Q&A with a caregiving expert
In the early days of this column, I occasionally included interviews that I called “Expert in the Field.” Because we are all relying on the sound advice of experts these days, it seemed like the right time to once again ask an expert.
Many people have wondered in this age of COVID-19 how to manage caring for a loved one, or even meeting their own needs, while living at home. I spoke to Brooke Fredericks, owner and managing director of Right at Home Southern Oregon (541-414-0800; email@example.com), one of the many licensed and bonded caregiving agencies in the valley.
Ellen: What has changed for in-home caregiving agencies since the COVID-19 pandemic began?
Brooke: A lot. We’ve taken on many new clients, as family members are keeping their loved ones at home to protect them during this pandemic. Many private caregivers working in the community chose to self-quarantine, and we are filling in those gaps. But mostly our clients are happy to be home with the caregivers they’re used to seeing regularly. Families are appreciative that we’re there to help.
Ellen: What changes have you made to minimize exposure to COVID-19 for your clients?
Brooke: We are following CDC (Centers for Disease Control and Prevention) guidelines, Oregon OSHA (Occupational Safety and Health Administration) guidelines, and the Oregon governor’s office guidelines, among others. Additionally, as a locally owned franchise of a global company, we receive a tremendous amount of support from our corporate Right at Home office. We have daily briefings about best practices, and our corporate office has helped to provide much-needed supplies, including gloves and masks. We provide health screening for our caregivers and clients at the beginning of each shift. We offer extra training for our caregivers on infection control and COVID-19. We wash our hands with soap and water as a first choice, and hand sanitizer as a second choice. We wear masks when in close contact with our clients. We are paying particular attention to physical/social distancing and reporting changes in conditions. Our office staff has also been trained on how to handle illness-related concerns. We’ve made active use of interactive technology, both in the office and in consultation with clients and families.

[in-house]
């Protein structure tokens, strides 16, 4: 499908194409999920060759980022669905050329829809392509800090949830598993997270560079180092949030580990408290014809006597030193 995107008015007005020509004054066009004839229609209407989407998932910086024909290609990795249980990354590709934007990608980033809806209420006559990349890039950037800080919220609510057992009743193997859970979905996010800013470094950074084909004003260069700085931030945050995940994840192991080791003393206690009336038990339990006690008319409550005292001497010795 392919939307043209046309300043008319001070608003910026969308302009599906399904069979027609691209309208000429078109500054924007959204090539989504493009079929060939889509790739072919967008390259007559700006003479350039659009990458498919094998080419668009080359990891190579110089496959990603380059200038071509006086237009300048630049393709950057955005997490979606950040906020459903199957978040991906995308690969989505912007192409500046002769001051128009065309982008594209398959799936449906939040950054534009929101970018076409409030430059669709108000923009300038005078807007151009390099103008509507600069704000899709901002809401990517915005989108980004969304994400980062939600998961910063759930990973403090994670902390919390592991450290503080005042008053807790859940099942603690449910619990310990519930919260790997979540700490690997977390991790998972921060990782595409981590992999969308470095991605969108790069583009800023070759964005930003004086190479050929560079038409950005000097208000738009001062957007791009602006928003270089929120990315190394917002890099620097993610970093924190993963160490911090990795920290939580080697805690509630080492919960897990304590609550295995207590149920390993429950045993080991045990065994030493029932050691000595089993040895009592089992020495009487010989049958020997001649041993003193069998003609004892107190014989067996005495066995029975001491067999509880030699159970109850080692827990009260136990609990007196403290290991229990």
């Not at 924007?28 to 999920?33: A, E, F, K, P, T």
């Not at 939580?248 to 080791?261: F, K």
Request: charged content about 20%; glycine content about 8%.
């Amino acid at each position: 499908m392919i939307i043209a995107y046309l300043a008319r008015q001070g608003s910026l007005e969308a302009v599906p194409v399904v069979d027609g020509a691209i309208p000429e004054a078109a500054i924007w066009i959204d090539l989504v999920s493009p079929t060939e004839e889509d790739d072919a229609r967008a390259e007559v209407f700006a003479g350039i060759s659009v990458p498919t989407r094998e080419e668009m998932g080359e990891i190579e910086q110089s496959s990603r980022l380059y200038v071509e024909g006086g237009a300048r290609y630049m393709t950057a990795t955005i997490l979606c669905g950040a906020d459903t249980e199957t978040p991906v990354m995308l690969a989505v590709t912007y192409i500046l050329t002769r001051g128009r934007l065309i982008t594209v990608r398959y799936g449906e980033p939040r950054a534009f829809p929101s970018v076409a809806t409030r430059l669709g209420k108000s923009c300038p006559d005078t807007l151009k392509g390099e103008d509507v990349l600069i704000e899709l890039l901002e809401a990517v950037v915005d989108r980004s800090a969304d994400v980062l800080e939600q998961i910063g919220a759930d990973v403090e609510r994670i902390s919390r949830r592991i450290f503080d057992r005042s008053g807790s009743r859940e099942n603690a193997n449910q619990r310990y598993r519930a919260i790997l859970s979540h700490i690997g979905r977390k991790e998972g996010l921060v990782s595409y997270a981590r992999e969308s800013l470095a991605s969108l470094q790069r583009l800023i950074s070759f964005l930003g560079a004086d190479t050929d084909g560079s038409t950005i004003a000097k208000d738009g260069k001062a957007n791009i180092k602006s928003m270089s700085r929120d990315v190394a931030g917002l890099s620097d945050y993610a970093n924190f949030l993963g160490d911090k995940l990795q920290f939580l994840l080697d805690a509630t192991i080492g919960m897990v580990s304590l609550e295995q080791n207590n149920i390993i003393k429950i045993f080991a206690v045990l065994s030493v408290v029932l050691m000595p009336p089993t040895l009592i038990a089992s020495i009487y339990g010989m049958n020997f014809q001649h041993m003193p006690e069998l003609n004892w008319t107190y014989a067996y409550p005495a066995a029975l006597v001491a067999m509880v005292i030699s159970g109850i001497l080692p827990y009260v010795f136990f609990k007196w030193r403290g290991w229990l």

Ellen: Have you been able to obtain the personal protective equipment you need?
Brooke: We were fortunate to have enough gloves right from the start. Additionally, the corporate Right at Home office shipped us our first box of PPE, including masks and gloves.
Ellen: What kinds of activities are your clients and caregivers doing during this quarantine?
Brooke: Actually, they’re many of the same activities everyone else is engaged in now. They are helping with the usual daily tasks such as meal preparation, bathing, grooming, dressing, and help with medications. In addition, they are gardening, cooking favorite meals, connecting with family via FaceTime and letter writing, taking walks, looking at family photos, taking drives through the countryside, playing games, listening to music, searching the internet for interesting articles, etc. Most importantly, they are doing these things together.
Ellen: What has been the most rewarding part of all this?
Brooke: We are fortunate that our work in and of itself involves keeping our vulnerable population at home, which minimizes their risk of exposure. Listening, coming up with creative solutions, implementing those solutions, and having meaningful interactions with clients, families, caregivers and community partners has been rewarding. And we are grateful for one another. It is a very special time to be working together, and I’m truly blessed to see this happening every day, even under the most difficult circumstances.
Thanks to Brooke for this great information. Let me add something here. One thing that’s important to mention is that isolation is unhealthy, even under normal circumstances. Right now, if you’re caring for someone at home and need some extra help, consider a caregiver as a viable option. If you’re living alone, there are many benefits from having companionship or help with tasks around the home. Hiring a caregiver can support you as well. No one has to go this alone. We are really all in this together.
Ellen Waldman is a certified aging life care professional. Submit questions about aging and Ashland-area aging resources and column suggestions to her through her website, www.SeniorOptionsAshland.com.